The Music of Moving Water


The Mystery of Trees Trunks Murmur and how to turn it into Music

Have you ever wondered how water makes its way up from the soil into the leaves of a tree? This seemingly simple question has puzzled scientists for decades, and the answer is far more complex than you might imagine.

So far, all we know is that water moves from roots to leaves through capillary action and transpiration.
The capillary action means that the narrower the vessel, the higher the liquid can rise against gravity. And the vessels that transport water in trees are very narrow indeed: they measure barely 0.02 inches across. Conifers restrict the diameter of their vessels even more, to 0.0008 inches. But that’s only one side of the coin because not even in the narrowest of vessels, there is enough force to account for a rise of water to a 300 feet tall tree.

So here comes in scene another phenomenon: transpiration. In the warmer part of the year, leaves and needles transpire by steadily breathing out water vapor. In the case of a mature beech, the tree exhales hundreds of gallons of water a day. This exhalation causes suction, which pulls a constant water supply up through the transportation pathways in the tree. The water molecules bond and pull each other a little higher up the trunk.

Last but not least, osmosis comes into play. When the concentration of sugar in one cell is higher than in the neighboring cell, water flows through the cell walls into the more sugary solution until both cells contain the same percentage of water. And when that happens from cell to cell up into the crown, water makes its way up to the top of the tree.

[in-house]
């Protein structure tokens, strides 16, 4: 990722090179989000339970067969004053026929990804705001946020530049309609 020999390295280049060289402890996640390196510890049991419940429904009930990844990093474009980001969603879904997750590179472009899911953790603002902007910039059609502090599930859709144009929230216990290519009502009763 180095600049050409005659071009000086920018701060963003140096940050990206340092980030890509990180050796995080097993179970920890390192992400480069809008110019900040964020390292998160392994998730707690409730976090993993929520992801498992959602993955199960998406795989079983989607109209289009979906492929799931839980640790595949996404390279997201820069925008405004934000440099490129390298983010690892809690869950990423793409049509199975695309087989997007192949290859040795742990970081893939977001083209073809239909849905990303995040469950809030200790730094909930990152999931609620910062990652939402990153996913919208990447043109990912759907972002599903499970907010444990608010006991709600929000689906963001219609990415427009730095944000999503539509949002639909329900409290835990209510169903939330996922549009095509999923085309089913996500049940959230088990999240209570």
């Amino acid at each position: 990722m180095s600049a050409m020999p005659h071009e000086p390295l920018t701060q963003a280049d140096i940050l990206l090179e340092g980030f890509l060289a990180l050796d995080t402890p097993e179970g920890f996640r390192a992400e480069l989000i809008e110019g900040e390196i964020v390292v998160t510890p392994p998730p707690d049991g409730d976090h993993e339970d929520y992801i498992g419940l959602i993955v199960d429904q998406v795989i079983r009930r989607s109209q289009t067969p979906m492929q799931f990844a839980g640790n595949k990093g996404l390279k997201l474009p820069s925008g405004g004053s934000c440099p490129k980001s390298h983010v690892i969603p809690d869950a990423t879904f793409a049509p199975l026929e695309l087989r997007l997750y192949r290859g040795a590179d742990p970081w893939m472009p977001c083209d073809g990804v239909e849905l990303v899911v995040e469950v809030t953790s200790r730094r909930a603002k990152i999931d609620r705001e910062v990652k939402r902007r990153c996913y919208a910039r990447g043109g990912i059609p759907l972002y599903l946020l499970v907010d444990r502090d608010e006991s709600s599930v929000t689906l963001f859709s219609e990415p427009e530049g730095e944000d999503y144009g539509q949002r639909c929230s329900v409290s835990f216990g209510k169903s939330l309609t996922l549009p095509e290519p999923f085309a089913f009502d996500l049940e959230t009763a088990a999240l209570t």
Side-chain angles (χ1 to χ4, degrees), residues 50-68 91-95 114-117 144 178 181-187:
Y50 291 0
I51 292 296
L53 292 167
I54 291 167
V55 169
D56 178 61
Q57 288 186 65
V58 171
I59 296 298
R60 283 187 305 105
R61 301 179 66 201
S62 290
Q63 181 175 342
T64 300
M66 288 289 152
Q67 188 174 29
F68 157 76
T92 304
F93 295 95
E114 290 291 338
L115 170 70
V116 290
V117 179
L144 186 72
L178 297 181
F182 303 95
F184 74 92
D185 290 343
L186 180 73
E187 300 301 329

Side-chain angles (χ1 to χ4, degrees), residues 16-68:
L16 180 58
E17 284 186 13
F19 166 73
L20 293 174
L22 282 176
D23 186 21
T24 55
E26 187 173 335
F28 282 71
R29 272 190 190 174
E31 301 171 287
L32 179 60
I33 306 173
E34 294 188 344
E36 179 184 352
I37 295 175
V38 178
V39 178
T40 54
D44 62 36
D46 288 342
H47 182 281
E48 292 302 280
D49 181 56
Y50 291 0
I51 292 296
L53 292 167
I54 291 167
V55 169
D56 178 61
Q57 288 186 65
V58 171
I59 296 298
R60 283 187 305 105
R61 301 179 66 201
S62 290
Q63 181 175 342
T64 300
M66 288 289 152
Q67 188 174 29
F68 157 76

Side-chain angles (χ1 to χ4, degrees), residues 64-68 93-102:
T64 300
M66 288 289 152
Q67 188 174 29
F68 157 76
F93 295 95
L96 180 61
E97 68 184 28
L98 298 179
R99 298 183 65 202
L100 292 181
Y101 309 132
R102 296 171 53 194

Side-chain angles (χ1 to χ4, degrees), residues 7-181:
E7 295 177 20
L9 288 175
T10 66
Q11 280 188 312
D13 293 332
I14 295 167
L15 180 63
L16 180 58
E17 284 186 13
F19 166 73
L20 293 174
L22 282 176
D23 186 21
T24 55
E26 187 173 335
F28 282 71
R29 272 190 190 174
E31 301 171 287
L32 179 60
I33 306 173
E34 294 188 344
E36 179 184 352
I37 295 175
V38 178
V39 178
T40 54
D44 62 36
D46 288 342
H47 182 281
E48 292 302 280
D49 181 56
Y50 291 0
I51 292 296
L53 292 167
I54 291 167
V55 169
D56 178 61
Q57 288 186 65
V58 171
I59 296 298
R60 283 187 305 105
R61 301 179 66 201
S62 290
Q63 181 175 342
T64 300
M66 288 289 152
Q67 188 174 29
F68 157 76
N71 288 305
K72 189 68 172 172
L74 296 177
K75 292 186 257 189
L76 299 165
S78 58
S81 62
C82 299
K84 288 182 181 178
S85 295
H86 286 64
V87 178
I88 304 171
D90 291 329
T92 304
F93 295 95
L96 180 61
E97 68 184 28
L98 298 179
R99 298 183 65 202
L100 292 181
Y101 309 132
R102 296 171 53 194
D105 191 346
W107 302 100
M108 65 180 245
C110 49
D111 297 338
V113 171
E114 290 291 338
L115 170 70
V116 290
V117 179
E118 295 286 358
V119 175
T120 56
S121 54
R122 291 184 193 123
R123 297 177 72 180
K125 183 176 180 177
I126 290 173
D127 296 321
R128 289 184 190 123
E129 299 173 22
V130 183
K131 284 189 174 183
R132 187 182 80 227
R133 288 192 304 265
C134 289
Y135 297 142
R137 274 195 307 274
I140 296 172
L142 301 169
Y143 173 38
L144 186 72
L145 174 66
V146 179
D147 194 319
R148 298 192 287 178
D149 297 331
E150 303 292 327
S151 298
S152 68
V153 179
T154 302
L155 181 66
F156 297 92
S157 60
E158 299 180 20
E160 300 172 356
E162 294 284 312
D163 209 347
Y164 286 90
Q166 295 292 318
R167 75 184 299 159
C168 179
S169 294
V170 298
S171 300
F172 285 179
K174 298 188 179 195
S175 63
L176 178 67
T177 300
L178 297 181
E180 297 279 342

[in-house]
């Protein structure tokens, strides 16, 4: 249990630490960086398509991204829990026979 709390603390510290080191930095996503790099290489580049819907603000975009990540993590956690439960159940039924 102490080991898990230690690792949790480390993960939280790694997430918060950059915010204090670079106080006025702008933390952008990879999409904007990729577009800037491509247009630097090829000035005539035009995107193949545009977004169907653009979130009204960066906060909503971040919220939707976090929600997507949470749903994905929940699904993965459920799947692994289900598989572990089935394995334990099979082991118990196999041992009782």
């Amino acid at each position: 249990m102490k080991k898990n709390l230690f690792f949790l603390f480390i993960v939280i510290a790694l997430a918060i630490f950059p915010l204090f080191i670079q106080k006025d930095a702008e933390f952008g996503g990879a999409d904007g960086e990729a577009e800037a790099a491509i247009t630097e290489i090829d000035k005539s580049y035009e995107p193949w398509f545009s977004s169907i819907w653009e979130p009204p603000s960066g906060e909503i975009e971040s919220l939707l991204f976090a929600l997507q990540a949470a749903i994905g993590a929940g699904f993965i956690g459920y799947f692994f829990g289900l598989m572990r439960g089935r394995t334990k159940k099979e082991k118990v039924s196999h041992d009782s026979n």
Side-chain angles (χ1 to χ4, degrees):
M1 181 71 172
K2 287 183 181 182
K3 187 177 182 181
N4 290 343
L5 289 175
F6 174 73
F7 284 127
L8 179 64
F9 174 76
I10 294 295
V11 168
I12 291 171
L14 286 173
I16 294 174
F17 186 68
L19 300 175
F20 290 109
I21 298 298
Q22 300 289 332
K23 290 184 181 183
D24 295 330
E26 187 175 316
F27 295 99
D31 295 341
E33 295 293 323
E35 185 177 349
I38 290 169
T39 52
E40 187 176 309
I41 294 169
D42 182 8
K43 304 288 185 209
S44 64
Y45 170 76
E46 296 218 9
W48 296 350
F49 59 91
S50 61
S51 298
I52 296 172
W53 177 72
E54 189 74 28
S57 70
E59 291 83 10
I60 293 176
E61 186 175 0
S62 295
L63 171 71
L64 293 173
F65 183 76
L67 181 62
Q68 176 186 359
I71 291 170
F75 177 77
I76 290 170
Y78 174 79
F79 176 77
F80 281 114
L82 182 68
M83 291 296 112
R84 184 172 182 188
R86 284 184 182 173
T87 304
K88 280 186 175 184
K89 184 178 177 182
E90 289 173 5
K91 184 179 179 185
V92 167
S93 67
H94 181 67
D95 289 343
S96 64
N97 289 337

The perfect time to listen to the tree murmur

In spring, before the leaves open up, water shoots up the trunk with such force that if you place a stethoscope against the tree, you can actually hear it.

But you also can hear the tree murmur at night. Scientists from three institutions (the University of Bern; the Swiss Federal Institute for Forest, Snow, and Landscape Research; and the Swiss Federal Institute of Technology in Zurich) listened and registered a soft murmur in the trees. Above all, at night, when the water is held almost completely immobile in the inner transportation tubes, as the tree takes a break from photosynthesis and hardly transpires at all.

So, where are the noises coming from? The researchers think they are coming from tiny bubbles of carbon dioxide in the narrow water-filled tubes. Bubbles in the pipes? That means the supposedly continuous column of water is interrupted thousands of times. And if that is the case, transpiration, cohesion, and capillary action contribute very little to water transport.

So, back to the initial question. What causes the noise in the trunk?

Solve the mystery of tree sounds by turning them into music

As science is trying to catch up with explanations for life’s great mysteries, you can simply tune in and enjoy them. At the end of the day, logical answers don’t necessarily have the power to change what and how you experience this life. Your decisions and openness do.

Go into a forest at night and stick your ear to a trunk. Grab you’re your Ginko or Bamboo and turn murmur into music to take with you wherever you go. And then, in that space, you are opening for yourself and the tree, you’ll find all the answers.

Only those attuned to nature signs and have patience may experience this kind of magic. Are you one of them?

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